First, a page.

• Growing frustration with using a telephone or a once-familiar remote control.
  • When dining in a restaurant, she was no longer able to calculate a tip. Mom had always been an adventurous eater who was always game for trying a new restaurant. Whenever I would visit, she began going to the same restaurant and ordering the same thing each time. Or, without opening the menu, she would say, “I’ll have what she is having.”
  • Eating an entire carton of ice-cream in one sitting (we started buying it in pints and half-pints).

Most of these changes were subtle, but they began to add up. Somewhere in the middle of all of these changes, I knew in my heart it was time for me to make sure I invited myself to my mother’s next doctor’s appointment. I knew that he and I were going to have to become allies in my mom’s future care, so I stopped by her physician’s office and dropped off a copy of my power of attorney for healthcare paperwork so that they could be scanned into her record. I also wrote a letter to her primary care physician outlining my concerns. Now we could begin the process of me being in the loop related to care discussions and decisions. It was a hard step, but a necessary one.

Well, it looks like my cup of coffee is on empty and I did all the talking. Sorry about that. If I may ask, if someone you love has Alzheimer’s, what were some of the signs YOU noticed in your loved one?

A Woman and Her Purse

In the world of Alzheimer’s, a woman and her purse (and a man and his wallet) aren’t easily parted.

Mom carries her purse everywhere she goes and sleeps with it under her pillow or worn on her shoulder and hugged tightly to her side under her covers.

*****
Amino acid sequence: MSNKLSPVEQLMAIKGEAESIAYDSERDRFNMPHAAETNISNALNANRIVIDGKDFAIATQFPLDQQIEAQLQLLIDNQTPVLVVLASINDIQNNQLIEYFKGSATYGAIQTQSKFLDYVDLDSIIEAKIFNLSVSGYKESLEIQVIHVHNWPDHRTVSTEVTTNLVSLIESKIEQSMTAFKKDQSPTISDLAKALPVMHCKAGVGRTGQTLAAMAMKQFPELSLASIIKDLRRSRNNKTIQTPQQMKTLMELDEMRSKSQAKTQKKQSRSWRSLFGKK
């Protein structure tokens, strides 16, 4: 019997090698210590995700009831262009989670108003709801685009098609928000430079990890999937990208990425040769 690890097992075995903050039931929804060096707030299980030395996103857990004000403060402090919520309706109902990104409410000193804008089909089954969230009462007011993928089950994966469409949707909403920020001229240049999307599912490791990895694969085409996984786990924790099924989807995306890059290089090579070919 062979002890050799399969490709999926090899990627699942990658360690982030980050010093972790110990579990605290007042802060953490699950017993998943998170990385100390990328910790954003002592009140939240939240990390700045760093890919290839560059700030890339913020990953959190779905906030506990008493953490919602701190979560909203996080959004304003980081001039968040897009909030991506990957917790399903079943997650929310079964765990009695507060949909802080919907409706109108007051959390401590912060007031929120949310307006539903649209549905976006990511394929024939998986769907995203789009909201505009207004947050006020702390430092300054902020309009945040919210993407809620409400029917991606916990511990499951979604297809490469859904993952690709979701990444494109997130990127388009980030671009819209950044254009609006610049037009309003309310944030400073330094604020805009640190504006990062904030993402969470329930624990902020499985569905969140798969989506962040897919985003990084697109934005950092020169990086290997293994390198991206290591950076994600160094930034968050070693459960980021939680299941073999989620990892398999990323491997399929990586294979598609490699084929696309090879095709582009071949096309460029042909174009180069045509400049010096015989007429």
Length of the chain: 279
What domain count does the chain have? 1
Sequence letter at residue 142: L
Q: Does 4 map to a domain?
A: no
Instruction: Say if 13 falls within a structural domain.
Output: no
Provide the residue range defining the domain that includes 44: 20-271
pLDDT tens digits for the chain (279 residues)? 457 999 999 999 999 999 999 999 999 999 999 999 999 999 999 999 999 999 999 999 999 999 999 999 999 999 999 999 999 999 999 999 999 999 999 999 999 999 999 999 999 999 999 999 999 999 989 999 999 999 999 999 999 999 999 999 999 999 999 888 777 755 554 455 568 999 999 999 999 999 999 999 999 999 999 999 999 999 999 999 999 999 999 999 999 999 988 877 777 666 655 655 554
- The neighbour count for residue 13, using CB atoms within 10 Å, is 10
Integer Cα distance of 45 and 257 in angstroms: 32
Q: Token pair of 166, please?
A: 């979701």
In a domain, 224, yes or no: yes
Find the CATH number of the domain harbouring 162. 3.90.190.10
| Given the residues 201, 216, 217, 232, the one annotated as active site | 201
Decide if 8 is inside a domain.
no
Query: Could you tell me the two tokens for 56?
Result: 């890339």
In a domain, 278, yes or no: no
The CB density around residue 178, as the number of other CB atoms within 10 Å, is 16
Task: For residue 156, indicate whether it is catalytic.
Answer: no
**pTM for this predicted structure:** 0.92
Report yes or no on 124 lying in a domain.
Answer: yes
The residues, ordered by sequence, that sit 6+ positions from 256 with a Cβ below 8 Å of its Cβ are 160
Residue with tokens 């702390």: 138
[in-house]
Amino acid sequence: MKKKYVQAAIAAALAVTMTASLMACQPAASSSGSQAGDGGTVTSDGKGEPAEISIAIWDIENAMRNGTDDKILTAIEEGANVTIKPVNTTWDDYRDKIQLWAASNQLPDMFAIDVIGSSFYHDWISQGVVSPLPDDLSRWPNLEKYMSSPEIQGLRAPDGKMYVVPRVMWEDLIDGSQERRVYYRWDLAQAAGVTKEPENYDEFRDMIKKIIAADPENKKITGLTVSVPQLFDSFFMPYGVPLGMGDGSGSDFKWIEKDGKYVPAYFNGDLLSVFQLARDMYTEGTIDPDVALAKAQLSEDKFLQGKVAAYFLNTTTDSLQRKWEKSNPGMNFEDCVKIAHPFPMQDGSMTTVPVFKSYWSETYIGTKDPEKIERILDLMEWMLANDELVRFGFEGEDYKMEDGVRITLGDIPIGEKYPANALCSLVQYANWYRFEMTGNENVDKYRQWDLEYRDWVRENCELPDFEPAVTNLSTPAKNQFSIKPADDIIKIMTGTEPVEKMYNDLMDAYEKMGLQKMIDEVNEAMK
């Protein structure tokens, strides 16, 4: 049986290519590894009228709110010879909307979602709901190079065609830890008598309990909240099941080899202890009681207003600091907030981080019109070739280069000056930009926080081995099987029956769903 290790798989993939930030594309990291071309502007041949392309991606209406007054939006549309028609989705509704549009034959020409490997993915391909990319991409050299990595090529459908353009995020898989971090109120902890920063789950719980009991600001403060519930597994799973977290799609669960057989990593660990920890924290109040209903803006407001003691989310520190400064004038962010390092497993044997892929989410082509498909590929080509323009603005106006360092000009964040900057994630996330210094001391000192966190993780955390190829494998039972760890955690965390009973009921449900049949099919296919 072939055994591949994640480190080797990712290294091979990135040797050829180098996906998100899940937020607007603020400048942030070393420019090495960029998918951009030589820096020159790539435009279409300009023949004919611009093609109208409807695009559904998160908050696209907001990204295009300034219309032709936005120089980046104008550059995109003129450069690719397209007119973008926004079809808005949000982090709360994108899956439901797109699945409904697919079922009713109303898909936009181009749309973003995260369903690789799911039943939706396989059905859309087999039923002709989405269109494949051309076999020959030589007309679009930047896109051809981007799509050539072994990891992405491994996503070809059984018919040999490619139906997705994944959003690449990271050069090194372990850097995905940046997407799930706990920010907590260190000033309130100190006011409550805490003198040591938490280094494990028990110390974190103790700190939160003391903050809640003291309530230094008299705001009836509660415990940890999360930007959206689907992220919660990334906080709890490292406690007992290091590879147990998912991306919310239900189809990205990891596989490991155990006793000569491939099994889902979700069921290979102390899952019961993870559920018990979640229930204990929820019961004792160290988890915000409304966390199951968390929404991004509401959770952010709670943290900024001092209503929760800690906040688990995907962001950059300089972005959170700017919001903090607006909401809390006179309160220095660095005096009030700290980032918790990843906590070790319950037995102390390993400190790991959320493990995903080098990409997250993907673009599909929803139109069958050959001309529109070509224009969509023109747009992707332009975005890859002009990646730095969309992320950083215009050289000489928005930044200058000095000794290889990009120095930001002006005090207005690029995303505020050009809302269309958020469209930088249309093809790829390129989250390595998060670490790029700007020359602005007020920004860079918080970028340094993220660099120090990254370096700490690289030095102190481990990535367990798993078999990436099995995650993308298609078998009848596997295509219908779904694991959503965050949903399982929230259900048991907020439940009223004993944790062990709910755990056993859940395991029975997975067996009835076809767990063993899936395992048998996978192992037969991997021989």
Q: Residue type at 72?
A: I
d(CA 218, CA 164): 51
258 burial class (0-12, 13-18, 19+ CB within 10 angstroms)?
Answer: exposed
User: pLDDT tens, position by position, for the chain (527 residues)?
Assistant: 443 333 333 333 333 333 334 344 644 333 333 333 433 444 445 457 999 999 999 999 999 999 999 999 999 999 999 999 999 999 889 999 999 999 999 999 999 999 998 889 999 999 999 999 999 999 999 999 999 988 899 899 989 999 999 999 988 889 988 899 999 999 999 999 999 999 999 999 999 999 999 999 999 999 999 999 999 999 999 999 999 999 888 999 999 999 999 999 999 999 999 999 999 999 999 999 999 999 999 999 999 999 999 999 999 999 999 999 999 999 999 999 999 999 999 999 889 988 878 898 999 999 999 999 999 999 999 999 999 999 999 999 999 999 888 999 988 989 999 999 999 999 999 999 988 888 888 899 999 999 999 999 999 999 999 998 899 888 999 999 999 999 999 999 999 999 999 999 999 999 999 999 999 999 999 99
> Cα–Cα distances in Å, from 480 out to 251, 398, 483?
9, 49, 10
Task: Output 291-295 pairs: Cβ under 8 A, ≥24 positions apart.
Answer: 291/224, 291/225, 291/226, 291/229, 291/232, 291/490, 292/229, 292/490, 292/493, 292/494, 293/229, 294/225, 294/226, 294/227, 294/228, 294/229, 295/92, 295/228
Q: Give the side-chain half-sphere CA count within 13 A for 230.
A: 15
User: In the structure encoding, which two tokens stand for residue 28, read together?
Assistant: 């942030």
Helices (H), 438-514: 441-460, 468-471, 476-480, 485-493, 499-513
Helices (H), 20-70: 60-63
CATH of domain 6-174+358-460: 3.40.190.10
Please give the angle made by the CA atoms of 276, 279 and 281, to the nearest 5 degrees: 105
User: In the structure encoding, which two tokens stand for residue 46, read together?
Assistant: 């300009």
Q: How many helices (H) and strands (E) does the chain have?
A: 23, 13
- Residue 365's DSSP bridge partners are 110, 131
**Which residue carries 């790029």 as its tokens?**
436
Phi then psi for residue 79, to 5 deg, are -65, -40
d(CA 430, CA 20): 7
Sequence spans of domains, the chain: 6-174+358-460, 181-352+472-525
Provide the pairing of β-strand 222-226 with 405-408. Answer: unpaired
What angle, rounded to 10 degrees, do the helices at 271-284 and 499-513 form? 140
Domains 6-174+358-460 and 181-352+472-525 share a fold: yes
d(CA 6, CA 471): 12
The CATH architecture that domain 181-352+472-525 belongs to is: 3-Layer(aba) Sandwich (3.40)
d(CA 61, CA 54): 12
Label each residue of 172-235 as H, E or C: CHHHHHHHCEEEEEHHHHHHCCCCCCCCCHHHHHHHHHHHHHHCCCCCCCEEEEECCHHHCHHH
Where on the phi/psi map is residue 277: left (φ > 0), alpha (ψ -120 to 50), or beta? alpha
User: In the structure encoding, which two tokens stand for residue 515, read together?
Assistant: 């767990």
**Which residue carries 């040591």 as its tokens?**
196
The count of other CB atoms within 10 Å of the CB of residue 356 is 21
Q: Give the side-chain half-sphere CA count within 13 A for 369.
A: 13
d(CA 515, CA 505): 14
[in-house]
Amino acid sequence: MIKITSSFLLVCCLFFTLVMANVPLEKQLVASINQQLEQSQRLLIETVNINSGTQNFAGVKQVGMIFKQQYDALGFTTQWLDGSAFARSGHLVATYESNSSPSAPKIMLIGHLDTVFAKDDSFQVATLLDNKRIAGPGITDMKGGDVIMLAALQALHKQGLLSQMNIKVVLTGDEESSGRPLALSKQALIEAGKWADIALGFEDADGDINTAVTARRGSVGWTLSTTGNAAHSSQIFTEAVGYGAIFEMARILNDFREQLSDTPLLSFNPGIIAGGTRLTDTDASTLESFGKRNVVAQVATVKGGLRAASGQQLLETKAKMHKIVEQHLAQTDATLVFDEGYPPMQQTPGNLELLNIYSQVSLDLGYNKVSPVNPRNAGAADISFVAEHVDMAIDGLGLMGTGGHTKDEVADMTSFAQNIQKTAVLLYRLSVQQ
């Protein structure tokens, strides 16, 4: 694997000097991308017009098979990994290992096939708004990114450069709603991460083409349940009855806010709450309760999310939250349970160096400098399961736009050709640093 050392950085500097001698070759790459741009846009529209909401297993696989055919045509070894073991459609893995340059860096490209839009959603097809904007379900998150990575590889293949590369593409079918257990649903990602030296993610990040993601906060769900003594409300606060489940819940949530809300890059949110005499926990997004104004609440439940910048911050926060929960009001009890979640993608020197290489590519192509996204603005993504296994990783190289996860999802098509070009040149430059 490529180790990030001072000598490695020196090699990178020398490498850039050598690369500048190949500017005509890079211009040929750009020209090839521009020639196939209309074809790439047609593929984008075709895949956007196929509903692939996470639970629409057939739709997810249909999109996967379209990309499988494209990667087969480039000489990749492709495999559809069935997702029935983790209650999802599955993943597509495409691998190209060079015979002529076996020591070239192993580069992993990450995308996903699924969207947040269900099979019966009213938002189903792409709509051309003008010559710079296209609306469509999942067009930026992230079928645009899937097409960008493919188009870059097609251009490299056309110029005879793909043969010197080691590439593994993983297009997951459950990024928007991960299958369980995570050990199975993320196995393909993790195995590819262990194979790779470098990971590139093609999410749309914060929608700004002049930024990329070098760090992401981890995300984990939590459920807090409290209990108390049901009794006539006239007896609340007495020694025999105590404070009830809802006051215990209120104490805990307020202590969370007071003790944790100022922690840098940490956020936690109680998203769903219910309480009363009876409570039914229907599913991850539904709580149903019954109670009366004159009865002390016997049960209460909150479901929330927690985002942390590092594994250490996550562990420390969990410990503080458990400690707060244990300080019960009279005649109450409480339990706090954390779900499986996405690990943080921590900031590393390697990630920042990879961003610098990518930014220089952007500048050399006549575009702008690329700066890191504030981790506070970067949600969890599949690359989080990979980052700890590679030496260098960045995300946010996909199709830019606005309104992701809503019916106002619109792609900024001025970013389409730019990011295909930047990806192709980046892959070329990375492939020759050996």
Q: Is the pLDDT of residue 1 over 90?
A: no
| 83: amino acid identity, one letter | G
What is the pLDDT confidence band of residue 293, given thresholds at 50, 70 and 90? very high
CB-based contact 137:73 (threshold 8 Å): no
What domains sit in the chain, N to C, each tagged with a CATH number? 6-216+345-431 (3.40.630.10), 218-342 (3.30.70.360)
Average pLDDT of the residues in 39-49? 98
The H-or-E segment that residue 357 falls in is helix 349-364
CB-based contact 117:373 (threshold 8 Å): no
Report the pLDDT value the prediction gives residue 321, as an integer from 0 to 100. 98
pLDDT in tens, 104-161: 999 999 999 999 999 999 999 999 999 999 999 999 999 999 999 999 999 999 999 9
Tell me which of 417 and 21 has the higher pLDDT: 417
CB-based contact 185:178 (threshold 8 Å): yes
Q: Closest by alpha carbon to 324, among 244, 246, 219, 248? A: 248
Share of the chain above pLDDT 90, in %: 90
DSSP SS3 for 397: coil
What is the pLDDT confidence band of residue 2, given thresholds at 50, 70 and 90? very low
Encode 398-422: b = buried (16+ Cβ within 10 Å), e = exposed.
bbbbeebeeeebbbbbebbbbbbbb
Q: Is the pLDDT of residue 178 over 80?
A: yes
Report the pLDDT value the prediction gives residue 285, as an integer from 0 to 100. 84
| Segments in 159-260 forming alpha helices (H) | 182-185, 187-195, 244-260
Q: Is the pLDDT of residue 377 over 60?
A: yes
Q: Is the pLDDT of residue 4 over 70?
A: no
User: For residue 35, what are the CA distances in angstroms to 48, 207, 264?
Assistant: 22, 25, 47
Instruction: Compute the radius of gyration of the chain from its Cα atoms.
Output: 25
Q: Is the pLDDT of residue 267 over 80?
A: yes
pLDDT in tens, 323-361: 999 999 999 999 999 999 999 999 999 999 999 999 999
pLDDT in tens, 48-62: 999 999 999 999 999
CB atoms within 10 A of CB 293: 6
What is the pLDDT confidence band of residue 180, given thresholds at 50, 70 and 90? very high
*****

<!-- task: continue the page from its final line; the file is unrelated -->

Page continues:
Rummaging and rifling through the contents of her purse is a favorite Sundowning activity (for more information on Sundowner’s Syndrome, click here). I keep a baby monitor next to my bed and can hear and see her zipping and unzipping her purse at all hours of the night – over and over again. I can see her happily stumbling over the same piece of mail and delighting in reading it out loud as if for the first time.

The contents of her purse may vary a little bit, but I can count on a few things. She’ll probably have five or six combs, her glasses in a familiar blue case, a few colored pencils absconded from her coloring set, her favorite pieces of mail, three or four tubes of lipstick, and Kleenex…wads and wads of Kleenex. And, for good measure, there may even be a roll of toilet paper crammed in there. It’s a harmless security thing. Her purse filled with familiar objects brings her a little peace and reduces anxiety.

Some church and community service groups even provide “rummage bags” or “rummage boxes” for memory challenged residents of local nursing homes, as the act of rummaging through the contents of the bag provides a sense of calmness and occupies them for hours (see related article filled with ideas here).

The paranoia associated with Alzheimer’s causes her to believe with all sincerity that people will try to steal her stuff. So precious is her purse, Mom will hide it to keep its contents safe. Now that she lives with me, I know where her favorite hiding places are located. When she still lived in her apartment or in her own home, sometimes she hid the purse really well. Really, REALLY well. For times like that, we found a handy little device called a Tile which helped us locate her purse using an app on our phone. We give it our highest endorsement and heartily recommend it for anyone dealing with an elderly parent…or someone like me who misplaces her car keys more often than she cares to admit.

Back to purses…

Sometimes my mom is hilarious. This was one of those days. Not long ago, I posted this on Facebook. I hope it brings you a smile too.